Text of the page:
Congressional App Challenge02/19/2016
Last week, I enjoyed visiting with several students who competed in the Congressional App Challenge. The competition was designed to encourage high school students to use computer coding to create their own apps. The students I met were bright, energetic, capable and full of ideas. After meeting with them, I am even more excited about the future of our state and the future of our kids.
Arkansas leaders and educators are on board with the coding initiative, and I applaud Congressman Bruce Westerman for hosting the Congressional App Challenge in Arkansas’s fourth district. In total, 26 students across seven school districts competed in this year’s challenge. The 11 projects came from high school students from South and Central Arkansas.
The competition not only drew involvement from students, but from schools and local leaders who support this effort. The district’s winning app was created by four Hamburg High School students, called “ARSchools.” The app project helped make the Hamburg School District’s website more mobile-friendly by filtering excess amounts of information to streamline the user experience.
I want to brag on the work being done in Hamburg; a small town in South Arkansas with a population of about 3,000 people. Hamburg High School currently has 40 students taking computer science classes. The interest for these classes was so high that the school had to turn people away. But next year, Hamburg is hoping on expanding its course capacity to 80 seats.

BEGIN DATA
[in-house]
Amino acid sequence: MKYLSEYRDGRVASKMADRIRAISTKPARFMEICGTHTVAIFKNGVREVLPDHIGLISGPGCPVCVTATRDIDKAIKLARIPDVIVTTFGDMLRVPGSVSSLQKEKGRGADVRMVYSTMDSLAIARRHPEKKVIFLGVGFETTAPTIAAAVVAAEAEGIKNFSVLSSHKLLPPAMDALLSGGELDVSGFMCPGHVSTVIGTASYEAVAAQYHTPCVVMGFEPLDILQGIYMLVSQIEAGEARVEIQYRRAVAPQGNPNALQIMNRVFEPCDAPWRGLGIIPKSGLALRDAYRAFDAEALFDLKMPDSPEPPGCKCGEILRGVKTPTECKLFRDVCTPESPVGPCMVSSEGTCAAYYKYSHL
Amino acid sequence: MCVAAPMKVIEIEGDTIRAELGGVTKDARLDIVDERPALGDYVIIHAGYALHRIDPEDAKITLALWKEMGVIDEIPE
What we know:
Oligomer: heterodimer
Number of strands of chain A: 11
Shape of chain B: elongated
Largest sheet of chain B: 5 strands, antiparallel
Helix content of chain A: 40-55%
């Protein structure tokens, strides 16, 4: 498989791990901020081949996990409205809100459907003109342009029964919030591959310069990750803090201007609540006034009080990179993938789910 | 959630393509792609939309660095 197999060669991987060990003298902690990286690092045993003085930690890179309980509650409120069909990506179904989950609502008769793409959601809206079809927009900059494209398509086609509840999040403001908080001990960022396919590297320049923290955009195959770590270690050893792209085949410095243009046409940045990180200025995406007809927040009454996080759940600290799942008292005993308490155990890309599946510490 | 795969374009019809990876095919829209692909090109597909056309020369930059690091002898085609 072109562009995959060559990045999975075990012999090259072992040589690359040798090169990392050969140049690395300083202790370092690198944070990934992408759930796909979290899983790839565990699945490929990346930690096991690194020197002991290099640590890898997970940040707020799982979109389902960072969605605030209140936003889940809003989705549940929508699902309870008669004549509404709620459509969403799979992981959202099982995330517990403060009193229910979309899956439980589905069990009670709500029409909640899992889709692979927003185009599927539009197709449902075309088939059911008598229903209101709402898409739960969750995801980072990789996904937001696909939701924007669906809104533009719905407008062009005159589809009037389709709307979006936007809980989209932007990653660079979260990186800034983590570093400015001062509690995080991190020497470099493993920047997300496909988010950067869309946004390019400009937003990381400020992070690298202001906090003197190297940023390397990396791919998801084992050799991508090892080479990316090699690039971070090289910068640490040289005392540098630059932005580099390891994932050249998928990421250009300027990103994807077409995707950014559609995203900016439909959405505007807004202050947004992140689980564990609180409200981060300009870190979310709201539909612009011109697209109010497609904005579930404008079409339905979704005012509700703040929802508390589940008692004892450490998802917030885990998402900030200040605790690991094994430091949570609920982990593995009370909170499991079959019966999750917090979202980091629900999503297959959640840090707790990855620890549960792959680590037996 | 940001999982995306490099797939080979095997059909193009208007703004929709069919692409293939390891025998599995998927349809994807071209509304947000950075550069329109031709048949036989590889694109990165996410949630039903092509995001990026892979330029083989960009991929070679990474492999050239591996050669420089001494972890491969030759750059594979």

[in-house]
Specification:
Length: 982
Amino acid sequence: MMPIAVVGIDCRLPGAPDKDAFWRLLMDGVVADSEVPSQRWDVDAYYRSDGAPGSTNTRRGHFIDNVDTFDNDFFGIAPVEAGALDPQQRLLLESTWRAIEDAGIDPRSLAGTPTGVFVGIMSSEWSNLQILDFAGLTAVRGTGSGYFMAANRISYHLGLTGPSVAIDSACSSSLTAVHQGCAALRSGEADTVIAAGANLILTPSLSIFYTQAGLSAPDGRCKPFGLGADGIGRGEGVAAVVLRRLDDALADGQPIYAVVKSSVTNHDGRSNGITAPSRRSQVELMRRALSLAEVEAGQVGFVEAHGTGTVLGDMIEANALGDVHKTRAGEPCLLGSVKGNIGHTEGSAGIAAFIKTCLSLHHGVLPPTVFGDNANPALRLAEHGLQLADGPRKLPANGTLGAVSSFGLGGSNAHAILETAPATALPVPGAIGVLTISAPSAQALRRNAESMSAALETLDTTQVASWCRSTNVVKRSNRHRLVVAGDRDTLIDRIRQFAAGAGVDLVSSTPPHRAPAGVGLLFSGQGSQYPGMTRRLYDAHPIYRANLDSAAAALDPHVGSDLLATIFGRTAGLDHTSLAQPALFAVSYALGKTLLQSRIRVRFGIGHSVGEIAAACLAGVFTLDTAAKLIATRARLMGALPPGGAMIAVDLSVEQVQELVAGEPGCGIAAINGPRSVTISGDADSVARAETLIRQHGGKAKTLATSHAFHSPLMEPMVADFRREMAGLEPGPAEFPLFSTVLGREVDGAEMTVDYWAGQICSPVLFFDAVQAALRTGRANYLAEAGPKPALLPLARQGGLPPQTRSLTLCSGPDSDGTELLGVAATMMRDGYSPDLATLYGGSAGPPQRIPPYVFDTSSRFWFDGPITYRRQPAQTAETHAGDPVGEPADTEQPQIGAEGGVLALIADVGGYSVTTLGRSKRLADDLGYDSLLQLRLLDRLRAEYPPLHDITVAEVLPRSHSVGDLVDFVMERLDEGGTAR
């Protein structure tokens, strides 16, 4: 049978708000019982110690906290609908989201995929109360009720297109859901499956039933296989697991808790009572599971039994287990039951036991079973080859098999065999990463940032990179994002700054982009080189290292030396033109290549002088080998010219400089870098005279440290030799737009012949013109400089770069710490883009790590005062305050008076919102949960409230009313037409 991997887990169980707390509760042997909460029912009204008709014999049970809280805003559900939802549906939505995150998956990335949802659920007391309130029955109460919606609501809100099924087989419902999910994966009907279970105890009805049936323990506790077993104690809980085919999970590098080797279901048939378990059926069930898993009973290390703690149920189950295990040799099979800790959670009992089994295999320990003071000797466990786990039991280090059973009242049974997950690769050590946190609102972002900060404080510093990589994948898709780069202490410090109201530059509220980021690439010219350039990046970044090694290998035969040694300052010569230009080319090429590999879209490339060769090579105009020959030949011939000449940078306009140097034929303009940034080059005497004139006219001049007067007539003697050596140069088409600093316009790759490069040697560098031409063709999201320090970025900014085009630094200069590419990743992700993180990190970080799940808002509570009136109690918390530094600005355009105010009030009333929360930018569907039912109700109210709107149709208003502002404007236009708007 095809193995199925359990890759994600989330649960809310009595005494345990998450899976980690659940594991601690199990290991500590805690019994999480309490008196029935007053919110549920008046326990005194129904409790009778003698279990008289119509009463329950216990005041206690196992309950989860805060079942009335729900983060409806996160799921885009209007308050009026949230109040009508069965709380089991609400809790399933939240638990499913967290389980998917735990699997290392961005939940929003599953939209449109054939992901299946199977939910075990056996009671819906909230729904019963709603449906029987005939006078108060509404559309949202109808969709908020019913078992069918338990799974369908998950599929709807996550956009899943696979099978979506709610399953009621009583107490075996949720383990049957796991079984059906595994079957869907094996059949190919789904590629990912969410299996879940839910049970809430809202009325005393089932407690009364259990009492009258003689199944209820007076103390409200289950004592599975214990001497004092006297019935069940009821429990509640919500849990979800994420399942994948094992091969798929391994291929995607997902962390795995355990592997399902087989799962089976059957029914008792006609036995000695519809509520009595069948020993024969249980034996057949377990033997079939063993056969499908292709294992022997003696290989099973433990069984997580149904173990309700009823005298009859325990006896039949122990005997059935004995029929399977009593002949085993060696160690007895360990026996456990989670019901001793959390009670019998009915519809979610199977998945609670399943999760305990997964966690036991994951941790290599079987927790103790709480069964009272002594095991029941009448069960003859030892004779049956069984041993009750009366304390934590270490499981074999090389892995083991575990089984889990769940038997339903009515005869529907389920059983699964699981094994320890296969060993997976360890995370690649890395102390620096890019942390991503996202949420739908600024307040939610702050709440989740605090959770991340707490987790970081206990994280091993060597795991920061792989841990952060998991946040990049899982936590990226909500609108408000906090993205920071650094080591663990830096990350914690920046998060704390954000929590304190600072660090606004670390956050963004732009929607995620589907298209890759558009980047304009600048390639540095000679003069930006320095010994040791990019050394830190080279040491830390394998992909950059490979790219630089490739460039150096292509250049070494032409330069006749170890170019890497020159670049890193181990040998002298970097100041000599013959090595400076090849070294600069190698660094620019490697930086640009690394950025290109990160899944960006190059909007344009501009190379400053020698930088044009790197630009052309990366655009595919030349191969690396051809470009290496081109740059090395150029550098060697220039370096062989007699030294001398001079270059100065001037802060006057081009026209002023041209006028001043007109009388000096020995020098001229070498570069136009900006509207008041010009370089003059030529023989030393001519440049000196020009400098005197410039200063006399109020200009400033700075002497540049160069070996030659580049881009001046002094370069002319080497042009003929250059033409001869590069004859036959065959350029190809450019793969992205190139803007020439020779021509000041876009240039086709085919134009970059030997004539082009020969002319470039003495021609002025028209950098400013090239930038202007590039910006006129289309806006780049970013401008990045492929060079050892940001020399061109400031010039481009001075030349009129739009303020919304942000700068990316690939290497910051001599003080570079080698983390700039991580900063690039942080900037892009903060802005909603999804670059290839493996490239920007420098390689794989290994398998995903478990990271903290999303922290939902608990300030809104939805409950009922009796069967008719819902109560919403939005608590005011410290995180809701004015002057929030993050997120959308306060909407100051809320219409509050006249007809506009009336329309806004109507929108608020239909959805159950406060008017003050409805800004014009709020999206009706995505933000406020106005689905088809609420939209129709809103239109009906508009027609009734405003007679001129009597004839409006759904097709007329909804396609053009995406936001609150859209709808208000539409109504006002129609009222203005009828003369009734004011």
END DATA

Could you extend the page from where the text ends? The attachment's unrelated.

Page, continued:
Many schools who competed in the app challenge used the MIT app inventor to create their projects—not Hamburg. Those four students decided to write their own code from scratch with a text-based coding language called C#.
These are some incredible kids, and following this project, three of the four Hamburg competitors have decided to major in computer science. The coding initiative in Arkansas has changed the course of these students’ career paths, exposing them to the world of coding and developing their passion for this field. I want to recognize Hamburg High School’s computer science teacher and head football coach, Cecil Cossey. Thank you for making computer coding education a big success in a small town with great kids.
Seeing the Congressional App Challenge engage students and their communities in Central and South Arkansas is extraordinary. These young people have learned the coding skills to be able to produce something tangible with a purpose. I commend Congressman Westerman for his efforts to spearhead this initiative, and recognize all of our federal delegation who are working to expand coding opportunities for every Arkansas student.
Keep in mind that the key part of this initiative is that it brings together students, ideas, problem-solving and technology. The world of computer coding is exciting, allowing people of any age to test their abilities and use digital tools to create something never been done before. These skills are useful in any career, and can be found in everything we do.
And most importantly, it’s for everyone who is willing to learn. We are changing from being consumers to being creators and innovators. And it’s setting all of us on the road to success.